Category Archives: Women & Money

12 Great Financial Tips for Stay-at-Home Moms

Stay-at-home moms face a myriad of challenges; not the least of them is managing family finances on only one income. This is just a short list of issues. Self education regarding family finances is crucial for homemakers because of reduced income, lack of retirement accounts, increased need for self-discipline (possibly more time to shop), and the fact that if the finances become an issue, homemakers may have to return to work. We wish you the best and hope that these tips are helpful.    By Laura D. Irwin

  1. Accountability – You must plan finances together with your spouse. This way, no one gets to play the ‘blame game’ when things go wrong. When both spouses work on finances on a weekly basis, overspending by either spouse will become apparent. You will also get the chance to congratulate each other on your successes. You are in this together. We all know that money is a huge cause for stress in relationships, and working together will help prevent years of financial stress. This may also help you both learn self-discipline and how to live on less. Remember the commercial where the guy owns everything and he says, “How did I do it? I am in debt up to my eyeballs!” Accountability helps you not be that guy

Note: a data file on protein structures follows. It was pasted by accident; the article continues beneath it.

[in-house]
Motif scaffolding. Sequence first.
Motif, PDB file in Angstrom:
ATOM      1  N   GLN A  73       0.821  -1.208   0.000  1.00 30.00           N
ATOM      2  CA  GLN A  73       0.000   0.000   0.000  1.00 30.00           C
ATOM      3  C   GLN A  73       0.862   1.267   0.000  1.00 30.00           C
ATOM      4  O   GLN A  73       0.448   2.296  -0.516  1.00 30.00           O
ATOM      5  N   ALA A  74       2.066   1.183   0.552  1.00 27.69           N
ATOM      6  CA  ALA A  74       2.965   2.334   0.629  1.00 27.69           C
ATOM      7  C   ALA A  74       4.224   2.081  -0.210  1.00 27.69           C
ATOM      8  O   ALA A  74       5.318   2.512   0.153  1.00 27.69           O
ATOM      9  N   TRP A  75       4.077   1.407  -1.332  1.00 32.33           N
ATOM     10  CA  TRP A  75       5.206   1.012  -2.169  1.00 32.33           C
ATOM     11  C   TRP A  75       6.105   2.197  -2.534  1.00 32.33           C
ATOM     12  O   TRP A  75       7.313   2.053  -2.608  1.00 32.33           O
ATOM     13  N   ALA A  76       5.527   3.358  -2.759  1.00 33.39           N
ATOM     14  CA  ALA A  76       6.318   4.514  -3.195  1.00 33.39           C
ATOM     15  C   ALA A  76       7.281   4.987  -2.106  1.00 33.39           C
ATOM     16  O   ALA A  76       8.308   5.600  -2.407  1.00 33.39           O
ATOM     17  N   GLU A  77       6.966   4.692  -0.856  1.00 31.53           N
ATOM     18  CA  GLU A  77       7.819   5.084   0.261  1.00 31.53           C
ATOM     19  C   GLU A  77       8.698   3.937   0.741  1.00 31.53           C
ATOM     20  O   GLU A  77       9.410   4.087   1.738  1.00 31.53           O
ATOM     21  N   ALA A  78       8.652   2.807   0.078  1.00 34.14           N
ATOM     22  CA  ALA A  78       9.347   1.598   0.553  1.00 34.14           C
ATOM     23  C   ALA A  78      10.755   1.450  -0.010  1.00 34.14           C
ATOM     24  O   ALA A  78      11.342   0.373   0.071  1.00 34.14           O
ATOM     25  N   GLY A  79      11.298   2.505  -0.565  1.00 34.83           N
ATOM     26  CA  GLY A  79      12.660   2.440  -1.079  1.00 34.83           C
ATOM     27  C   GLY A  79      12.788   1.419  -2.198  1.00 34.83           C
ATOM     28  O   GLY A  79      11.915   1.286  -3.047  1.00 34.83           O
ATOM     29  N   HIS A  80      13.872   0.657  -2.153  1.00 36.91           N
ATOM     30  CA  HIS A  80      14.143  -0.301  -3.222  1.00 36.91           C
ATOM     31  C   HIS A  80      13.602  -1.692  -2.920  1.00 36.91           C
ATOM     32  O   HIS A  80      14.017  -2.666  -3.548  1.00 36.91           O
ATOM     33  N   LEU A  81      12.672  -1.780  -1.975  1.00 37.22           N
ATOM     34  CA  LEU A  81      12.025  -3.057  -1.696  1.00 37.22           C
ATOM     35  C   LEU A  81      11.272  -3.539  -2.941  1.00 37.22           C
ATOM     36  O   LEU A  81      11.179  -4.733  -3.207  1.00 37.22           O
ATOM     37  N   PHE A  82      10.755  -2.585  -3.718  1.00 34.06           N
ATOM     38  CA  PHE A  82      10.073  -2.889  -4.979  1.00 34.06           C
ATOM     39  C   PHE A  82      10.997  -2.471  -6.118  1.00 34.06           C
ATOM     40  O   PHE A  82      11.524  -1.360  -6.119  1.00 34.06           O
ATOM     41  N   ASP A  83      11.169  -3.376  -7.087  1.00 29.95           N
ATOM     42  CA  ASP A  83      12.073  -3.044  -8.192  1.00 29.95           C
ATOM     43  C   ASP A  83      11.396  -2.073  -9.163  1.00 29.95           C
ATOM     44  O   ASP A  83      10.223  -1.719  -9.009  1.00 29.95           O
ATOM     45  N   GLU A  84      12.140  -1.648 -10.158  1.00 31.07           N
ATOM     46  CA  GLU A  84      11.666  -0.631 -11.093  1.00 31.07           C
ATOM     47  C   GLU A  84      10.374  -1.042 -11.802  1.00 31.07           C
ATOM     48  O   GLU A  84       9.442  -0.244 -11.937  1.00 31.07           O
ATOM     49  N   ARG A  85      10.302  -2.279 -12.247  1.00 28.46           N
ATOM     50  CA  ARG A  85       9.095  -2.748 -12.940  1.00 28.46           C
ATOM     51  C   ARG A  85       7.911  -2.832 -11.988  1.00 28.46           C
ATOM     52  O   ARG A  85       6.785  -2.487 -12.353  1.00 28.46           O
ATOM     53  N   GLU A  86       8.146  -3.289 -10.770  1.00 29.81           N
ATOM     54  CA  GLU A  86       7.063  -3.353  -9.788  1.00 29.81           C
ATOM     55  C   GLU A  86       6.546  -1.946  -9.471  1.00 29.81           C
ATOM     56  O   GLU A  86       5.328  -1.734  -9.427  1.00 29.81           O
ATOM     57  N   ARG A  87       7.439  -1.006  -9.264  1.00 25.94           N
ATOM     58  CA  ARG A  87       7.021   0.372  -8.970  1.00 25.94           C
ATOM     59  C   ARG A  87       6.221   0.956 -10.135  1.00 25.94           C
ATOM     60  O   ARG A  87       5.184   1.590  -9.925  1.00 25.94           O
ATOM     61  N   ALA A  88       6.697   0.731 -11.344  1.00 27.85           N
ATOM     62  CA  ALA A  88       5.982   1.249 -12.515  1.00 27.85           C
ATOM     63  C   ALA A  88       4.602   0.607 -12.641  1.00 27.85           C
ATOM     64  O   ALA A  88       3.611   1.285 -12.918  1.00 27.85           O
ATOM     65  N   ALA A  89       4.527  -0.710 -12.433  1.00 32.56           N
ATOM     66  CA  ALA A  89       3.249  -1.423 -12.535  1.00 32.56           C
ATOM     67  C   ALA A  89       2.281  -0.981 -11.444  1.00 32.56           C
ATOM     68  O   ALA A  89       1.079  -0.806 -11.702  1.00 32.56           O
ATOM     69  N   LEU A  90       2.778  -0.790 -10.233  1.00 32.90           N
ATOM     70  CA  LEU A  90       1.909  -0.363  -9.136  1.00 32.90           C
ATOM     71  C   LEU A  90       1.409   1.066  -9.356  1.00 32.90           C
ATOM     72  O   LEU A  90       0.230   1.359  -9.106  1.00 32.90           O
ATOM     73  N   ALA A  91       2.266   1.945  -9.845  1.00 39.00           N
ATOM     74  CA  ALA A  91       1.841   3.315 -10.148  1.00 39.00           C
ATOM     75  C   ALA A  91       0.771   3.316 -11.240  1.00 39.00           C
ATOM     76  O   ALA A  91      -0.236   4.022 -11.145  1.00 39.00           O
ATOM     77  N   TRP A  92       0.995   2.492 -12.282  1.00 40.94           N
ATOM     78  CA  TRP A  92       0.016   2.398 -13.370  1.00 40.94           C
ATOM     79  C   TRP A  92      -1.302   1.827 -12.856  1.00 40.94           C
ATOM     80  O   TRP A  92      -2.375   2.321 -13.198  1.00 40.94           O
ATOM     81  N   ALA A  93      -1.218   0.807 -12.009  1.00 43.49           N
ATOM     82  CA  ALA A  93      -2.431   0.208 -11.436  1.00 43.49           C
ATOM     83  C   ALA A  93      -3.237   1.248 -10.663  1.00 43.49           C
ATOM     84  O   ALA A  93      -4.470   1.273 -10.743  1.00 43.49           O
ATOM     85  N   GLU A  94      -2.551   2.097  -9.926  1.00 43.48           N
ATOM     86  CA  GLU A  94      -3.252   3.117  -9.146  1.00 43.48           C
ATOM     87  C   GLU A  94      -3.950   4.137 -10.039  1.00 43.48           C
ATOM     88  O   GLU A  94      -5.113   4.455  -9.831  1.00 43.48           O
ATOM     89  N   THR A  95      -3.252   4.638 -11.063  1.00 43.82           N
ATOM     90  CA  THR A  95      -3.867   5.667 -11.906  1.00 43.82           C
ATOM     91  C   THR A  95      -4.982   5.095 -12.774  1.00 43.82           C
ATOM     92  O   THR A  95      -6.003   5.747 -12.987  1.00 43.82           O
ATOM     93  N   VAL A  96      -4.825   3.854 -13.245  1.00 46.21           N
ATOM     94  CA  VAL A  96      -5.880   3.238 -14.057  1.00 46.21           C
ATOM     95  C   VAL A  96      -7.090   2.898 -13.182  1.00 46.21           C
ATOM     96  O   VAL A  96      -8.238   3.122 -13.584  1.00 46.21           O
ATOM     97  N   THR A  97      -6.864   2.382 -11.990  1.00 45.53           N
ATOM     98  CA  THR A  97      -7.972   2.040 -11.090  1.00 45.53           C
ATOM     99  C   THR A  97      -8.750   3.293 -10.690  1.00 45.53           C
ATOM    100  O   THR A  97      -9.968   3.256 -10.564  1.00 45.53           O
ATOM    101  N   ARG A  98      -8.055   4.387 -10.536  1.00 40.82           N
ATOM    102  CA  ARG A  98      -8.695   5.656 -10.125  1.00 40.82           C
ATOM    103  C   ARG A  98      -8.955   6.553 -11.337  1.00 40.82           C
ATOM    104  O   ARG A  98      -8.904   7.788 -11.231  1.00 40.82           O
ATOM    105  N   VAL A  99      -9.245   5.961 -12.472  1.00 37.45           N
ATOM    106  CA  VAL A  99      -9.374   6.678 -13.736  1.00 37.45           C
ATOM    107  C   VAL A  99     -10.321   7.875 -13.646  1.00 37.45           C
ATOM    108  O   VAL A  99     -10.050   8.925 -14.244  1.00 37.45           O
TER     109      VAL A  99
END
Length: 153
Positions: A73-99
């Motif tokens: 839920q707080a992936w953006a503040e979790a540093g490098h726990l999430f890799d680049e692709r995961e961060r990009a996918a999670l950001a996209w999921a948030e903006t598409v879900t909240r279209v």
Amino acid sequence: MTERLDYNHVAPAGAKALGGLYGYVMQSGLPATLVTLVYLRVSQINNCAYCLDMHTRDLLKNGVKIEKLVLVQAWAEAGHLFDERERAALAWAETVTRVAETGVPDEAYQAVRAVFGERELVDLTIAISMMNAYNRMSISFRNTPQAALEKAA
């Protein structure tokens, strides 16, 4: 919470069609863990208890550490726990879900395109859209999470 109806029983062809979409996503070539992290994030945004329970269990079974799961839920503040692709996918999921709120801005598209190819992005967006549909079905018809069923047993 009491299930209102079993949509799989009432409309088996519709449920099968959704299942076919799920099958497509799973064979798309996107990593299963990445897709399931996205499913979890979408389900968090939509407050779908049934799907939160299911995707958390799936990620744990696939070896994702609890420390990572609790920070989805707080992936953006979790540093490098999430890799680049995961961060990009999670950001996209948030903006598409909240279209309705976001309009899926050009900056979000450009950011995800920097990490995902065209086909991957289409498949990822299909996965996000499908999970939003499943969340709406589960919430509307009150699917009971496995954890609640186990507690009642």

2. Keep depositing money in your IRA – Even though you may not be earning an income. Women are poorer in retirement than men are because they earn less, live longer (79 compared to 72), take time out for child rearing without contributing to retirement accounts, and receive less in Social Security benefits because of the time-out for child rearing and lower earnings. This is statistically even more important for women in minority groups.